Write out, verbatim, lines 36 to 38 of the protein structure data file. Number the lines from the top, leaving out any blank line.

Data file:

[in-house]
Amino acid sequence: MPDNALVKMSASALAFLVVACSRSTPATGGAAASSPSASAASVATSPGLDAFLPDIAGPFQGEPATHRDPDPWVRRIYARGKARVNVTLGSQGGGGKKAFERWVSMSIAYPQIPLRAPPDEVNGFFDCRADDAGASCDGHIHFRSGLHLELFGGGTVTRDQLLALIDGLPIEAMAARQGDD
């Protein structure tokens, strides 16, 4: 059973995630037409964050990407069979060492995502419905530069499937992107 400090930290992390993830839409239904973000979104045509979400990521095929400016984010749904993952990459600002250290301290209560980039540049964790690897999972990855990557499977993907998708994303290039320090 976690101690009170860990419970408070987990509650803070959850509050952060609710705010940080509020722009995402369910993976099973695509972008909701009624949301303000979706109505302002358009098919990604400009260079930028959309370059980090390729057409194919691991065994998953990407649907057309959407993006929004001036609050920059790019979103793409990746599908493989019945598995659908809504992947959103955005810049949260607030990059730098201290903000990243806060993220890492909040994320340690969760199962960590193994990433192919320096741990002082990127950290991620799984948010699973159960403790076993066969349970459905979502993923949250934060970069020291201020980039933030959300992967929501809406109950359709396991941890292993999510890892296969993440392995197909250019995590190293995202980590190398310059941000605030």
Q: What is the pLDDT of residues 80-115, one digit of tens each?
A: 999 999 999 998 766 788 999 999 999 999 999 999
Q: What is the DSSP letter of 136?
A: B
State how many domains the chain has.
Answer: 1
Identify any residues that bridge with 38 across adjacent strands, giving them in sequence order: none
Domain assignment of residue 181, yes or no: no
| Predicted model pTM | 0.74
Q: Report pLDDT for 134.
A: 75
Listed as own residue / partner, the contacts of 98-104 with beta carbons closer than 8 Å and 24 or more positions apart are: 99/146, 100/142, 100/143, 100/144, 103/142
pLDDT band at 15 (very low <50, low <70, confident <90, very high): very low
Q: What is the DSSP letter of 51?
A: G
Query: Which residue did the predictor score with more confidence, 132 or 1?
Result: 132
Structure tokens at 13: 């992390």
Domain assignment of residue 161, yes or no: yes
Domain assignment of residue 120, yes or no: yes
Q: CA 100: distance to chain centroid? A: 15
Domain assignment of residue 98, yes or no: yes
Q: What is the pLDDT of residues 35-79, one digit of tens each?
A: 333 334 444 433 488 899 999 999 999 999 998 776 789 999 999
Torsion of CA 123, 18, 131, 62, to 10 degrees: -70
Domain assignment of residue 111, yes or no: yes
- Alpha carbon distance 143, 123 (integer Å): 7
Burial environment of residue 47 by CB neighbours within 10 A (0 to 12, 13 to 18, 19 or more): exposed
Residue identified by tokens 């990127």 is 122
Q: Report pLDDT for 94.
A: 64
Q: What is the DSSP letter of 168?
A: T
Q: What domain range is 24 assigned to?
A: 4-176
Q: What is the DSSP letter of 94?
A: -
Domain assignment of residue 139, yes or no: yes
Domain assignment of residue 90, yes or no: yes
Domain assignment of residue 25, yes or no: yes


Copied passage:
A: T
Q: What domain range is 24 assigned to?
A: 4-176